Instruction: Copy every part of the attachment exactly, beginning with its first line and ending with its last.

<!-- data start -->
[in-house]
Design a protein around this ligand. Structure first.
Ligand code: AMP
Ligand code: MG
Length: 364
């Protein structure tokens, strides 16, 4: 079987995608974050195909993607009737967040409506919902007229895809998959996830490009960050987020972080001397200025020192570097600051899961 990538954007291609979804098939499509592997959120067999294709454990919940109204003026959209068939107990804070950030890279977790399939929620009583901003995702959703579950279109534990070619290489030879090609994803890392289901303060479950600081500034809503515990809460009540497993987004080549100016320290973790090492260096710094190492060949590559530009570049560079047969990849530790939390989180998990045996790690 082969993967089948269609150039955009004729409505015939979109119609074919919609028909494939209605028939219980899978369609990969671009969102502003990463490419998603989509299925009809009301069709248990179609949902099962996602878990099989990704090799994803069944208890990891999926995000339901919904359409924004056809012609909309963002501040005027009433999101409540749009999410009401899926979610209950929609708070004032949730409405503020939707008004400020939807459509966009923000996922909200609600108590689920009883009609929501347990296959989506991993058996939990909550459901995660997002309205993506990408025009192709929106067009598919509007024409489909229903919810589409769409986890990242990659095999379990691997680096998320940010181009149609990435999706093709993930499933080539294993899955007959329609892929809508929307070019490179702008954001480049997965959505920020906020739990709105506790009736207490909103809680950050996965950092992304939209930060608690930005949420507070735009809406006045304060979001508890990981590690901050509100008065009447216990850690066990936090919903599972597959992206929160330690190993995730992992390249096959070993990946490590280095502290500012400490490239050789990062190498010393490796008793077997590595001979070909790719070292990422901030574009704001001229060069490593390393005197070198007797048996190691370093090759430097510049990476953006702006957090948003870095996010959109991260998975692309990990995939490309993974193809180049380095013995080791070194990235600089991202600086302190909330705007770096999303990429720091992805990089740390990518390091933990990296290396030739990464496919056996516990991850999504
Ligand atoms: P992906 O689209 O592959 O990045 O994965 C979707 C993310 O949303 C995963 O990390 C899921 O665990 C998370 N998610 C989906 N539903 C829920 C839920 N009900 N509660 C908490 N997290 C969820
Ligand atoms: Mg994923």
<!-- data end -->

[in-house]
Design a protein around this ligand. Structure first.
Ligand code: AMP
Ligand code: MG
Length: 364
């Protein structure tokens, strides 16, 4: 079987995608974050195909993607009737967040409506919902007229895809998959996830490009960050987020972080001397200025020192570097600051899961 990538954007291609979804098939499509592997959120067999294709454990919940109204003026959209068939107990804070950030890279977790399939929620009583901003995702959703579950279109534990070619290489030879090609994803890392289901303060479950600081500034809503515990809460009540497993987004080549100016320290973790090492260096710094190492060949590559530009570049560079047969990849530790939390989180998990045996790690 082969993967089948269609150039955009004729409505015939979109119609074919919609028909494939209605028939219980899978369609990969671009969102502003990463490419998603989509299925009809009301069709248990179609949902099962996602878990099989990704090799994803069944208890990891999926995000339901919904359409924004056809012609909309963002501040005027009433999101409540749009999410009401899926979610209950929609708070004032949730409405503020939707008004400020939807459509966009923000996922909200609600108590689920009883009609929501347990296959989506991993058996939990909550459901995660997002309205993506990408025009192709929106067009598919509007024409489909229903919810589409769409986890990242990659095999379990691997680096998320940010181009149609990435999706093709993930499933080539294993899955007959329609892929809508929307070019490179702008954001480049997965959505920020906020739990709105506790009736207490909103809680950050996965950092992304939209930060608690930005949420507070735009809406006045304060979001508890990981590690901050509100008065009447216990850690066990936090919903599972597959992206929160330690190993995730992992390249096959070993990946490590280095502290500012400490490239050789990062190498010393490796008793077997590595001979070909790719070292990422901030574009704001001229060069490593390393005197070198007797048996190691370093090759430097510049990476953006702006957090948003870095996010959109991260998975692309990990995939490309993974193809180049380095013995080791070194990235600089991202600086302190909330705007770096999303990429720091992805990089740390990518390091933990990296290396030739990464496919056996516990991850999504
Ligand atoms: P992906 O689209 O592959 O990045 O994965 C979707 C993310 O949303 C995963 O990390 C899921 O665990 C998370 N998610 C989906 N539903 C829920 C839920 N009900 N509660 C908490 N997290 C969820
Ligand atoms: Mg994923």